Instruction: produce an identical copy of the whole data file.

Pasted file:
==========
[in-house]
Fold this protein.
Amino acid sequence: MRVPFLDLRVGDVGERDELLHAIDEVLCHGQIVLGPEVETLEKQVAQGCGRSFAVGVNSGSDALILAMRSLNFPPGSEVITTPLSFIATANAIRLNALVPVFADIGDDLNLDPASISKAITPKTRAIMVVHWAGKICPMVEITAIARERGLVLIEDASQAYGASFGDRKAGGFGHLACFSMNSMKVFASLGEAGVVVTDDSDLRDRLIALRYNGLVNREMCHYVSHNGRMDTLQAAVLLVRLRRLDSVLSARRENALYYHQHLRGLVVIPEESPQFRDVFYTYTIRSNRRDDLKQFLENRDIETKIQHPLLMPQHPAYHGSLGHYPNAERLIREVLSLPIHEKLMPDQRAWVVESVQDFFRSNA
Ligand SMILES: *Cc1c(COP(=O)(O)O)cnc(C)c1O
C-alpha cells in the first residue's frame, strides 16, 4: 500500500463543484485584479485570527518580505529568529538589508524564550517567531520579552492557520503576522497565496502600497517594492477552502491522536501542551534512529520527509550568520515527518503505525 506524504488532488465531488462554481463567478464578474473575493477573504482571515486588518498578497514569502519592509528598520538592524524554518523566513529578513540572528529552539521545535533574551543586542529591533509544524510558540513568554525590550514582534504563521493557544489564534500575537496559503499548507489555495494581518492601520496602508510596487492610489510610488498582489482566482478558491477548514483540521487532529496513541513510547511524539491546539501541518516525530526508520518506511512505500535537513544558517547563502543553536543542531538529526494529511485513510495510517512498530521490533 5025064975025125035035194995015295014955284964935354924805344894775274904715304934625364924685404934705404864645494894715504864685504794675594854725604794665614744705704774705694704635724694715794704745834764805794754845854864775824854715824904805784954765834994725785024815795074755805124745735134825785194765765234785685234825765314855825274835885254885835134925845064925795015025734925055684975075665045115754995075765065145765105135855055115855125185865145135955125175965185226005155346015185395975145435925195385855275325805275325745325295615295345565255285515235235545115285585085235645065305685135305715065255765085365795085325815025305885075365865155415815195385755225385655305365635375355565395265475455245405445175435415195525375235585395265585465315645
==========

[in-house]
Fold this protein.
Amino acid sequence: MRVPFLDLRVGDVGERDELLHAIDEVLCHGQIVLGPEVETLEKQVAQGCGRSFAVGVNSGSDALILAMRSLNFPPGSEVITTPLSFIATANAIRLNALVPVFADIGDDLNLDPASISKAITPKTRAIMVVHWAGKICPMVEITAIARERGLVLIEDASQAYGASFGDRKAGGFGHLACFSMNSMKVFASLGEAGVVVTDDSDLRDRLIALRYNGLVNREMCHYVSHNGRMDTLQAAVLLVRLRRLDSVLSARRENALYYHQHLRGLVVIPEESPQFRDVFYTYTIRSNRRDDLKQFLENRDIETKIQHPLLMPQHPAYHGSLGHYPNAERLIREVLSLPIHEKLMPDQRAWVVESVQDFFRSNA
Ligand SMILES: *Cc1c(COP(=O)(O)O)cnc(C)c1O
C-alpha cells in the first residue's frame, strides 16, 4: 500500500463543484485584479485570527518580505529568529538589508524564550517567531520579552492557520503576522497565496502600497517594492477552502491522536501542551534512529520527509550568520515527518503505525 506524504488532488465531488462554481463567478464578474473575493477573504482571515486588518498578497514569502519592509528598520538592524524554518523566513529578513540572528529552539521545535533574551543586542529591533509544524510558540513568554525590550514582534504563521493557544489564534500575537496559503499548507489555495494581518492601520496602508510596487492610489510610488498582489482566482478558491477548514483540521487532529496513541513510547511524539491546539501541518516525530526508520518506511512505500535537513544558517547563502543553536543542531538529526494529511485513510495510517512498530521490533 5025064975025125035035194995015295014955284964935354924805344894775274904715304934625364924685404934705404864645494894715504864685504794675594854725604794665614744705704774705694704635724694715794704745834764805794754845854864775824854715824904805784954765834994725785024815795074755805124745735134825785194765765234785685234825765314855825274835885254885835134925845064925795015025734925055684975075665045115754995075765065145765105135855055115855125185865145135955125175965185226005155346015185395975145435925195385855275325805275325745325295615295345565255285515235235545115285585085235645065305685135305715065255765085365795085325815025305885075365865155415815195385755225385655305365635375355565395265475455245405445175435415195525375235585395265585465315645